When the Greek historian Herodotus wrote that the ancient Egyptians' land was "given them by the river," he was referring to the Nile, whose waters were essential to the rise of one of the world’s earliest great civilizations.
The Nile, which flows northward for 4,160 miles from east-central Africa to the Mediterranean, provided ancient Egypt with fertile soil and water for irrigation, as well as a means of transporting materials for building projects. Its vital waters enabled cities to sprout in the midst of a desert.
In order to benefit from the Nile, people who lived along its banks had to figure out how to cope with the river’s annual flooding. They also developed new skills and technology, from agriculture to boat and ship building. The Nile even played a role in the construction of the pyramids, the massive marvels that are among the most recognizable reminders of their civilization. Beyond practical matters, the vast river had a profound influence upon the ancient Egyptians’ view of themselves and their world, and shaped their religion and culture.
The Nile was "a critical lifeline that literally brought life to the desert," as Lisa Saladino Haney, assistant curator of Egypt at the Carnegie Museum of Natural History in Pittsburgh, writes on the museum's website. "Without the Nile, there would be no Egypt," writes Egyptologist in his 2012 book, The Nile.
The Nile Was a Source of Rich Farmland
The Nile's modern name comes from the Nelios, the Greek word for river valley. But the ancient Egyptians called it Ar or Aur, meaning "black," a reference to the rich, dark sediment that the Nile's waters carried from the Horn of Africa northward and deposited in Egypt as the river flooded its banks each year in late summer. That surge of water and nutrients turned the Nile Valley into productive farmland, and made it possible for Egyptian civilization to develop in the midst of a desert.
The Nile Valley's thick layer of silt "transformed what might have been a geological curiosity, a version of the Grand Canyon, into a densely populated agricultural country," explains Barry J. Kemp in Ancient Egypt: Anatomy of a Civilization.
The Nile was such a focal point to the ancient Egyptians that their calendar began the year with the first month of the flooding. The Egyptian religion even venerated a deity of flooding and fertility, Hapy, who was depicted as a chubby man with blue or green skin.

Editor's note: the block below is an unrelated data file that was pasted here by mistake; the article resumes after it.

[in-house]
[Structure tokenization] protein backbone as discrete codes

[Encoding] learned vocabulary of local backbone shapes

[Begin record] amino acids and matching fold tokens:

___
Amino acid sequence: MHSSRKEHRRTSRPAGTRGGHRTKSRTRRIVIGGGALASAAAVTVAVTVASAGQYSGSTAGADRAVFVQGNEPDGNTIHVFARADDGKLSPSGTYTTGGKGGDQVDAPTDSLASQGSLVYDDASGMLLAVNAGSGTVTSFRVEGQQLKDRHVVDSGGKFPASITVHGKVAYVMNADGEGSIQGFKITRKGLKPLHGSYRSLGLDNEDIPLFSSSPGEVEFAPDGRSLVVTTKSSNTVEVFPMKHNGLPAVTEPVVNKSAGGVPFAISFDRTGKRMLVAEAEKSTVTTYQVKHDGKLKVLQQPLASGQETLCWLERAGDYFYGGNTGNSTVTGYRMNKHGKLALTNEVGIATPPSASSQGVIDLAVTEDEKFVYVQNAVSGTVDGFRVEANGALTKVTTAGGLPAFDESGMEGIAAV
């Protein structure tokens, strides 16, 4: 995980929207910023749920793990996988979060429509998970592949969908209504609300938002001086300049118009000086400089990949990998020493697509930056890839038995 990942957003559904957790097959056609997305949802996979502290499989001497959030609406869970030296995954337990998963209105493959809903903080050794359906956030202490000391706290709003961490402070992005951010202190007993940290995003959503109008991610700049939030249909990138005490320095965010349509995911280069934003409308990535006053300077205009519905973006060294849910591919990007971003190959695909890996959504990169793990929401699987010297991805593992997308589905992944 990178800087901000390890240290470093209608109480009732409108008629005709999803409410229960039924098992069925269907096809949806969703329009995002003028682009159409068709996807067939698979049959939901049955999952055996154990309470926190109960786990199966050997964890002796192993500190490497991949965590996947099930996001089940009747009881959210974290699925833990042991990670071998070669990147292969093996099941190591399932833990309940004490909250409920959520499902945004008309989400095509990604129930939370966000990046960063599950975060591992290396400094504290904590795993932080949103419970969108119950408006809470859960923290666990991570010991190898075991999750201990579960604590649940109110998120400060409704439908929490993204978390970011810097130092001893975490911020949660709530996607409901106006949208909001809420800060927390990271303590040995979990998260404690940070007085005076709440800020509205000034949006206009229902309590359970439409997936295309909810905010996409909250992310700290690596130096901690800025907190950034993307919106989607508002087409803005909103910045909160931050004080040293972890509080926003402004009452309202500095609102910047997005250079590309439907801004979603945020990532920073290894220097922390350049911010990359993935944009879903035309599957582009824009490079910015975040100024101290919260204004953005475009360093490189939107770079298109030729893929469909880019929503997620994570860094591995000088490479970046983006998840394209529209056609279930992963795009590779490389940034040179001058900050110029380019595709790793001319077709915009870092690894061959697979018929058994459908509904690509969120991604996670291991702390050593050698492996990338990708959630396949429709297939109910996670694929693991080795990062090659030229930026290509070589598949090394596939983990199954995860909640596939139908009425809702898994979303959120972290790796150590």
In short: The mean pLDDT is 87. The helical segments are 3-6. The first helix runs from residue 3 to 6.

According to the UN’s Food And Agriculture Organization, ancient Egyptian farmers were one of the first groups to practice agriculture on a large scale, growing food crops such as wheat and barley, as well as industrial crops such as flax for making clothing. To get the most out of the Nile's waters, ancient Egyptian farmers developed a system called basin irrigation. They constructed networks of earthen banks to form basins, and dug channels to direct floodwater water into the basins, where it would sit for a month until the soil was saturated and ready for planting.
"It is obviously challenging if the land on which you have built your home and grow your food gets flooded by a river every August and September, as the Nile used to do before the Aswan High Dam," explains Arthur Goldschmidt, Jr., a retired Penn State University professor of Middle East history and the author of A Brief History of Egypt. "Creating dikes, channels and basins to move and store some of the Nile waters required ingenuity and probably much trial-and-error experimentation for the ancient Egyptians."
To predict whether they faced dangerous floods or low waters that could result in a poor harvest, the ancient Egyptians built nilometers—stone columns with markings that would indicate the water level.
The River Served as a Vital Transportation Route
In addition to nurturing agriculture, the Nile provided ancient Egyptians with a vital transportation route. As a result, they became skilled boat and ship builders who created both large wooden craft with sails and oars, capable of traveling longer distances, and smaller skiffs made of papyrus reeds attached to wooden frames.
Artwork from the Old Kingdom, which existed from 2686 to 2181 B.C., depicts boats transporting cattle, vegetables, fish, bread and wood. Boats were so important to the Egyptians that they buried deceased kings and dignitaries with boats that sometimes were so well-constructed that they could have been used for actual travel on the Nile.
The Nile influenced how Egyptians thought of the land in which they lived, according to Haney. They divided their world into Kemet, the "black land" of the Nile Valley, where there was enough water and food for cities to thrive. In contrast, the hot, dry desert areas were Deshret, the "red land." They linked the Nile Valley and oases in the desert areas with life and abundance, while the deserts were associated with death and chaos.
The Nile also played an important role in the creation of the monumental tombs such as the Great Pyramid of Giza. An ancient papyrus diary of an official involved in the construction of the Great Pyramid describes how workers transported massive blocks of limestone on wooden boats along the Nile, and then routed the blocks through a canal system to the site where the pyramid was being constructed.
Article originally published on history.com